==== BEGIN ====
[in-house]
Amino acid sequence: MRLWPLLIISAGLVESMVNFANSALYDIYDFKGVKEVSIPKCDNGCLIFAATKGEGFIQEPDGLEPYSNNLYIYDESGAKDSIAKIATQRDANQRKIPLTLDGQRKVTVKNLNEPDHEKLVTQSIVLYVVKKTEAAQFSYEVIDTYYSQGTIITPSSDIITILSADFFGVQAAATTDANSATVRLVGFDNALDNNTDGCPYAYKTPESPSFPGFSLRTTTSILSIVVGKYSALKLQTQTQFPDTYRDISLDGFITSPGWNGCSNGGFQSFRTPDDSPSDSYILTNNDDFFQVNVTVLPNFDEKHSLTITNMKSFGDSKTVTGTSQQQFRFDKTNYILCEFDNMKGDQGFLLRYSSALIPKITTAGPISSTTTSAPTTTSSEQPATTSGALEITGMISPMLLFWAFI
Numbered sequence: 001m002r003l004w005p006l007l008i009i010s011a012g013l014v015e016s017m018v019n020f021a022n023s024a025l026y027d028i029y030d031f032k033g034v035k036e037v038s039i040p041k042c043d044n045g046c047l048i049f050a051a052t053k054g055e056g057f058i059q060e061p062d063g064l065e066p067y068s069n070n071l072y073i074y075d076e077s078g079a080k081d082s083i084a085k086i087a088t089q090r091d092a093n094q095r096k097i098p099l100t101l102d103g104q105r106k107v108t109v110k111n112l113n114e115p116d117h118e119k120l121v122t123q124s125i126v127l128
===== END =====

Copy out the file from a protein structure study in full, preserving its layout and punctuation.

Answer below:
[in-house]
Amino acid sequence: MRLWPLLIISAGLVESMVNFANSALYDIYDFKGVKEVSIPKCDNGCLIFAATKGEGFIQEPDGLEPYSNNLYIYDESGAKDSIAKIATQRDANQRKIPLTLDGQRKVTVKNLNEPDHEKLVTQSIVLYVVKKTEAAQFSYEVIDTYYSQGTIITPSSDIITILSADFFGVQAAATTDANSATVRLVGFDNALDNNTDGCPYAYKTPESPSFPGFSLRTTTSILSIVVGKYSALKLQTQTQFPDTYRDISLDGFITSPGWNGCSNGGFQSFRTPDDSPSDSYILTNNDDFFQVNVTVLPNFDEKHSLTITNMKSFGDSKTVTGTSQQQFRFDKTNYILCEFDNMKGDQGFLLRYSSALIPKITTAGPISSTTTSAPTTTSSEQPATTSGALEITGMISPMLLFWAFI
Numbered sequence: 001m002r003l004w005p006l007l008i009i010s011a012g013l014v015e016s017m018v019n020f021a022n023s024a025l026y027d028i029y030d031f032k033g034v035k036e037v038s039i040p041k042c043d044n045g046c047l048i049f050a051a052t053k054g055e056g057f058i059q060e061p062d063g064l065e066p067y068s069n070n071l072y073i074y075d076e077s078g079a080k081d082s083i084a085k086i087a088t089q090r091d092a093n094q095r096k097i098p099l100t101l102d103g104q105r106k107v108t109v110k111n112l113n114e115p116d117h118e119k120l121v122t123q124s125i126v127l128